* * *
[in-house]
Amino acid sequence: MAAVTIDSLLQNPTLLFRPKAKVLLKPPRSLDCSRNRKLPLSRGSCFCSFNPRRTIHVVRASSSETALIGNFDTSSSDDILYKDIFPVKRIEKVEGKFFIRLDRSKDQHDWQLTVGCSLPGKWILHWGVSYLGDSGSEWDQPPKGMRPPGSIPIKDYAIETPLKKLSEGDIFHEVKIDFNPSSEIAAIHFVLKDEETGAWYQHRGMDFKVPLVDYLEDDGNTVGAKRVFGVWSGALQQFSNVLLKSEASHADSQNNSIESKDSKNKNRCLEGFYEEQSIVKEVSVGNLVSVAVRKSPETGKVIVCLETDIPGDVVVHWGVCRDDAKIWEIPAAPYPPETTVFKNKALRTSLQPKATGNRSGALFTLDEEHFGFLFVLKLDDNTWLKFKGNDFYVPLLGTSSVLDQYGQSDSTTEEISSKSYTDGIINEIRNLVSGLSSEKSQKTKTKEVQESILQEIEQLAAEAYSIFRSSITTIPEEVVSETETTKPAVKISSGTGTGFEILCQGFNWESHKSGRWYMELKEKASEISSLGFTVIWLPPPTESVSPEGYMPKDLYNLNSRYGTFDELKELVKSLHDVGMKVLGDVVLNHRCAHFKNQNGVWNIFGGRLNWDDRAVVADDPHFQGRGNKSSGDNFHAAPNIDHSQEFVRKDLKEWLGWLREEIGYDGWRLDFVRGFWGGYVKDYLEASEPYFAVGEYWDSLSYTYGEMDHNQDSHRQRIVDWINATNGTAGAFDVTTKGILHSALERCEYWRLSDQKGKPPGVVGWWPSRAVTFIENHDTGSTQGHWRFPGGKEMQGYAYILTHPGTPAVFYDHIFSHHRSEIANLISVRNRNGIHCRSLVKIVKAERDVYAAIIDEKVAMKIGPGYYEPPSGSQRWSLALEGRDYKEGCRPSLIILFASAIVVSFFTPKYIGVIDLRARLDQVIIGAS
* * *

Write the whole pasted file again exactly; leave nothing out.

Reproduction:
[in-house]
Amino acid sequence: MAAVTIDSLLQNPTLLFRPKAKVLLKPPRSLDCSRNRKLPLSRGSCFCSFNPRRTIHVVRASSSETALIGNFDTSSSDDILYKDIFPVKRIEKVEGKFFIRLDRSKDQHDWQLTVGCSLPGKWILHWGVSYLGDSGSEWDQPPKGMRPPGSIPIKDYAIETPLKKLSEGDIFHEVKIDFNPSSEIAAIHFVLKDEETGAWYQHRGMDFKVPLVDYLEDDGNTVGAKRVFGVWSGALQQFSNVLLKSEASHADSQNNSIESKDSKNKNRCLEGFYEEQSIVKEVSVGNLVSVAVRKSPETGKVIVCLETDIPGDVVVHWGVCRDDAKIWEIPAAPYPPETTVFKNKALRTSLQPKATGNRSGALFTLDEEHFGFLFVLKLDDNTWLKFKGNDFYVPLLGTSSVLDQYGQSDSTTEEISSKSYTDGIINEIRNLVSGLSSEKSQKTKTKEVQESILQEIEQLAAEAYSIFRSSITTIPEEVVSETETTKPAVKISSGTGTGFEILCQGFNWESHKSGRWYMELKEKASEISSLGFTVIWLPPPTESVSPEGYMPKDLYNLNSRYGTFDELKELVKSLHDVGMKVLGDVVLNHRCAHFKNQNGVWNIFGGRLNWDDRAVVADDPHFQGRGNKSSGDNFHAAPNIDHSQEFVRKDLKEWLGWLREEIGYDGWRLDFVRGFWGGYVKDYLEASEPYFAVGEYWDSLSYTYGEMDHNQDSHRQRIVDWINATNGTAGAFDVTTKGILHSALERCEYWRLSDQKGKPPGVVGWWPSRAVTFIENHDTGSTQGHWRFPGGKEMQGYAYILTHPGTPAVFYDHIFSHHRSEIANLISVRNRNGIHCRSLVKIVKAERDVYAAIIDEKVAMKIGPGYYEPPSGSQRWSLALEGRDYKEGCRPSLIILFASAIVVSFFTPKYIGVIDLRARLDQVIIGAS